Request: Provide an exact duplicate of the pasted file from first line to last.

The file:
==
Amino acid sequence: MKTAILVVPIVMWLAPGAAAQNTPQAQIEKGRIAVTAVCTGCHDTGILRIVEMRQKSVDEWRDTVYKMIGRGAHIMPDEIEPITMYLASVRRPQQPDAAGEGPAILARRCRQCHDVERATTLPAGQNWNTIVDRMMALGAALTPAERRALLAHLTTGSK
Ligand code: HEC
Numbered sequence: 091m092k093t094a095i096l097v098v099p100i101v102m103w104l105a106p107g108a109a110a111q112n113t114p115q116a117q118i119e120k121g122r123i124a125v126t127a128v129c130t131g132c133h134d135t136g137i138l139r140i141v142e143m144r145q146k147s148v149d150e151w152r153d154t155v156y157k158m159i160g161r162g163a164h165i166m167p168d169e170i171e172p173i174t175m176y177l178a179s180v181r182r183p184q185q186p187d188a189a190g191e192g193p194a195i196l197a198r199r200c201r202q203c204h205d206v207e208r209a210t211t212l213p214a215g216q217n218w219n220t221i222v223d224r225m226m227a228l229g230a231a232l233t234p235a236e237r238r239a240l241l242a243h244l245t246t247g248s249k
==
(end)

Amino acid sequence: MKTAILVVPIVMWLAPGAAAQNTPQAQIEKGRIAVTAVCTGCHDTGILRIVEMRQKSVDEWRDTVYKMIGRGAHIMPDEIEPITMYLASVRRPQQPDAAGEGPAILARRCRQCHDVERATTLPAGQNWNTIVDRMMALGAALTPAERRALLAHLTTGSK
Ligand code: HEC
Numbered sequence: 091m092k093t094a095i096l097v098v099p100i101v102m103w104l105a106p107g108a109a110a111q112n113t114p115q116a117q118i119e120k121g122r123i124a125v126t127a128v129c130t131g132c133h134d135t136g137i138l139r140i141v142e143m144r145q146k147s148v149d150e151w152r153d154t155v156y157k158m159i160g161r162g163a164h165i166m167p168d169e170i171e172p173i174t175m176y177l178a179s180v181r182r183p184q185q186p187d188a189a190g191e192g193p194a195i196l197a198r199r200c201r202q203c204h205d206v207e208r209a210t211t212l213p214a215g216q217n218w219n220t221i222v223d224r225m226m227a228l229g230a231a232l233t234p235a236e237r238r239a240l241l242a243h244l245t246t247g248s249k